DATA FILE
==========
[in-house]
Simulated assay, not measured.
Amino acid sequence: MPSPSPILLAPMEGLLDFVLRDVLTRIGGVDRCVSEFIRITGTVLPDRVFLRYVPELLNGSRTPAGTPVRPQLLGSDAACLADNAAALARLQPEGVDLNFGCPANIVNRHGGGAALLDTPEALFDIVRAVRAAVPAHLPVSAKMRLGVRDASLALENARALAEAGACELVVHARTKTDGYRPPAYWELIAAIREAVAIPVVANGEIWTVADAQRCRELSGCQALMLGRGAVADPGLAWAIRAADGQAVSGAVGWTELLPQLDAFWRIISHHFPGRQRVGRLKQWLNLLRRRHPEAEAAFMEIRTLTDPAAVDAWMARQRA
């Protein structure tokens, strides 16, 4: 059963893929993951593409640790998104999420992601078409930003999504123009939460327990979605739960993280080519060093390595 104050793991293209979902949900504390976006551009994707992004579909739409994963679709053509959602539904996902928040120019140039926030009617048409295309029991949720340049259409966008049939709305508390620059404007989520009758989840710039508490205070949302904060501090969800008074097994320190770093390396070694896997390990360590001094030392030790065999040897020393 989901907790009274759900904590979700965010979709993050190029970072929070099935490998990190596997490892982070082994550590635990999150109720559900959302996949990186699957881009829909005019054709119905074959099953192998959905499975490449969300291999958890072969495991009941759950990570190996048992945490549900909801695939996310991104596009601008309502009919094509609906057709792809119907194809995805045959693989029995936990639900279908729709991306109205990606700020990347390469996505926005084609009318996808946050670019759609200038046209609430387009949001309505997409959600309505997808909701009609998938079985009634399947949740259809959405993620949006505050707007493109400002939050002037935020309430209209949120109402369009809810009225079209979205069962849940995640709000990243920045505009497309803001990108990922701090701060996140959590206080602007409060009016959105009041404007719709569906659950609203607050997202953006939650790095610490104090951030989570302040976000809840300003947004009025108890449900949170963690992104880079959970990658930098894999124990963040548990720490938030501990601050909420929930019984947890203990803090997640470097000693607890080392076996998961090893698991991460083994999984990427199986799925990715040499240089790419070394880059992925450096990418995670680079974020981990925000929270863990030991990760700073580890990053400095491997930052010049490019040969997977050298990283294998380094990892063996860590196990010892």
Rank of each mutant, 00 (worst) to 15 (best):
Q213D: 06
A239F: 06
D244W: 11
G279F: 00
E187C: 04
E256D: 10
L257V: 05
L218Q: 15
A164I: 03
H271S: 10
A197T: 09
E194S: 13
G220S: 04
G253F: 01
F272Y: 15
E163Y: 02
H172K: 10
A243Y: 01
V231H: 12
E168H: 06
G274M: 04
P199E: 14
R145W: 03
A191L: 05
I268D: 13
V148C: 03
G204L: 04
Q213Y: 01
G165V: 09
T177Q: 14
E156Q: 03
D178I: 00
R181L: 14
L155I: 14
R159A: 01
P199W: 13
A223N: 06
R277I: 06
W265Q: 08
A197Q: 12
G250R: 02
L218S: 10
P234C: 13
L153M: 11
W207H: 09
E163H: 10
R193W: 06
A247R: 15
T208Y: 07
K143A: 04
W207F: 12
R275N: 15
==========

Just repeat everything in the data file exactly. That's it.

[in-house]
Simulated assay, not measured.
Amino acid sequence: MPSPSPILLAPMEGLLDFVLRDVLTRIGGVDRCVSEFIRITGTVLPDRVFLRYVPELLNGSRTPAGTPVRPQLLGSDAACLADNAAALARLQPEGVDLNFGCPANIVNRHGGGAALLDTPEALFDIVRAVRAAVPAHLPVSAKMRLGVRDASLALENARALAEAGACELVVHARTKTDGYRPPAYWELIAAIREAVAIPVVANGEIWTVADAQRCRELSGCQALMLGRGAVADPGLAWAIRAADGQAVSGAVGWTELLPQLDAFWRIISHHFPGRQRVGRLKQWLNLLRRRHPEAEAAFMEIRTLTDPAAVDAWMARQRA
């Protein structure tokens, strides 16, 4: 059963893929993951593409640790998104999420992601078409930003999504123009939460327990979605739960993280080519060093390595 104050793991293209979902949900504390976006551009994707992004579909739409994963679709053509959602539904996902928040120019140039926030009617048409295309029991949720340049259409966008049939709305508390620059404007989520009758989840710039508490205070949302904060501090969800008074097994320190770093390396070694896997390990360590001094030392030790065999040897020393 989901907790009274759900904590979700965010979709993050190029970072929070099935490998990190596997490892982070082994550590635990999150109720559900959302996949990186699957881009829909005019054709119905074959099953192998959905499975490449969300291999958890072969495991009941759950990570190996048992945490549900909801695939996310991104596009601008309502009919094509609906057709792809119907194809995805045959693989029995936990639900279908729709991306109205990606700020990347390469996505926005084609009318996808946050670019759609200038046209609430387009949001309505997409959600309505997808909701009609998938079985009634399947949740259809959405993620949006505050707007493109400002939050002037935020309430209209949120109402369009809810009225079209979205069962849940995640709000990243920045505009497309803001990108990922701090701060996140959590206080602007409060009016959105009041404007719709569906659950609203607050997202953006939650790095610490104090951030989570302040976000809840300003947004009025108890449900949170963690992104880079959970990658930098894999124990963040548990720490938030501990601050909420929930019984947890203990803090997640470097000693607890080392076996998961090893698991991460083994999984990427199986799925990715040499240089790419070394880059992925450096990418995670680079974020981990925000929270863990030991990760700073580890990053400095491997930052010049490019040969997977050298990283294998380094990892063996860590196990010892």
Rank of each mutant, 00 (worst) to 15 (best):
Q213D: 06
A239F: 06
D244W: 11
G279F: 00
E187C: 04
E256D: 10
L257V: 05
L218Q: 15
A164I: 03
H271S: 10
A197T: 09
E194S: 13
G220S: 04
G253F: 01
F272Y: 15
E163Y: 02
H172K: 10
A243Y: 01
V231H: 12
E168H: 06
G274M: 04
P199E: 14
R145W: 03
A191L: 05
I268D: 13
V148C: 03
G204L: 04
Q213Y: 01
G165V: 09
T177Q: 14
E156Q: 03
D178I: 00
R181L: 14
L155I: 14
R159A: 01
P199W: 13
A223N: 06
R277I: 06
W265Q: 08
A197Q: 12
G250R: 02
L218S: 10
P234C: 13
L153M: 11
W207H: 09
E163H: 10
R193W: 06
A247R: 15
T208Y: 07
K143A: 04
W207F: 12
R275N: 15